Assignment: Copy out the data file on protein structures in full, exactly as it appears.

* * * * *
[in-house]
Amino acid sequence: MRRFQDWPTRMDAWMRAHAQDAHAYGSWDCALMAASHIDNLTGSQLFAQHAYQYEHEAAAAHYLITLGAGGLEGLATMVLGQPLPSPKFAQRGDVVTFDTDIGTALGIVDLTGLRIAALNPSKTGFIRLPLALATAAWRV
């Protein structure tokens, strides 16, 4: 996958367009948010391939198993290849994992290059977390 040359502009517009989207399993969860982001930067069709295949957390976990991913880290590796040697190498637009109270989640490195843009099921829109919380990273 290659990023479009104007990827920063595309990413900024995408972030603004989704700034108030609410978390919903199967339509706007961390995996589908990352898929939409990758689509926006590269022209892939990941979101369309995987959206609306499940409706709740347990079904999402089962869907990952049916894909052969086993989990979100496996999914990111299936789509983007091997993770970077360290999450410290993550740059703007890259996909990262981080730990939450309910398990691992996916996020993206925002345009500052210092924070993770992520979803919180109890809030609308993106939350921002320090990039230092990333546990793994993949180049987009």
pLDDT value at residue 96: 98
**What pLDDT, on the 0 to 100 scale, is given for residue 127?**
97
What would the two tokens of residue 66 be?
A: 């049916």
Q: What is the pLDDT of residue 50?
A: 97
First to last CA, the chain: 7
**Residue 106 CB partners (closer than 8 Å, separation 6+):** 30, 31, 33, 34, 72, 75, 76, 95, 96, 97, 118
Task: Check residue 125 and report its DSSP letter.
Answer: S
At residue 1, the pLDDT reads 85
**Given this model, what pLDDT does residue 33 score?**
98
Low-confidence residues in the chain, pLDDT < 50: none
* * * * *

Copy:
[in-house]
Amino acid sequence: MRRFQDWPTRMDAWMRAHAQDAHAYGSWDCALMAASHIDNLTGSQLFAQHAYQYEHEAAAAHYLITLGAGGLEGLATMVLGQPLPSPKFAQRGDVVTFDTDIGTALGIVDLTGLRIAALNPSKTGFIRLPLALATAAWRV
């Protein structure tokens, strides 16, 4: 996958367009948010391939198993290849994992290059977390 040359502009517009989207399993969860982001930067069709295949957390976990991913880290590796040697190498637009109270989640490195843009099921829109919380990273 290659990023479009104007990827920063595309990413900024995408972030603004989704700034108030609410978390919903199967339509706007961390995996589908990352898929939409990758689509926006590269022209892939990941979101369309995987959206609306499940409706709740347990079904999402089962869907990952049916894909052969086993989990979100496996999914990111299936789509983007091997993770970077360290999450410290993550740059703007890259996909990262981080730990939450309910398990691992996916996020993206925002345009500052210092924070993770992520979803919180109890809030609308993106939350921002320090990039230092990333546990793994993949180049987009």
pLDDT value at residue 96: 98
**What pLDDT, on the 0 to 100 scale, is given for residue 127?**
97
What would the two tokens of residue 66 be?
A: 């049916």
Q: What is the pLDDT of residue 50?
A: 97
First to last CA, the chain: 7
**Residue 106 CB partners (closer than 8 Å, separation 6+):** 30, 31, 33, 34, 72, 75, 76, 95, 96, 97, 118
Task: Check residue 125 and report its DSSP letter.
Answer: S
At residue 1, the pLDDT reads 85
**Given this model, what pLDDT does residue 33 score?**
98
Low-confidence residues in the chain, pLDDT < 50: none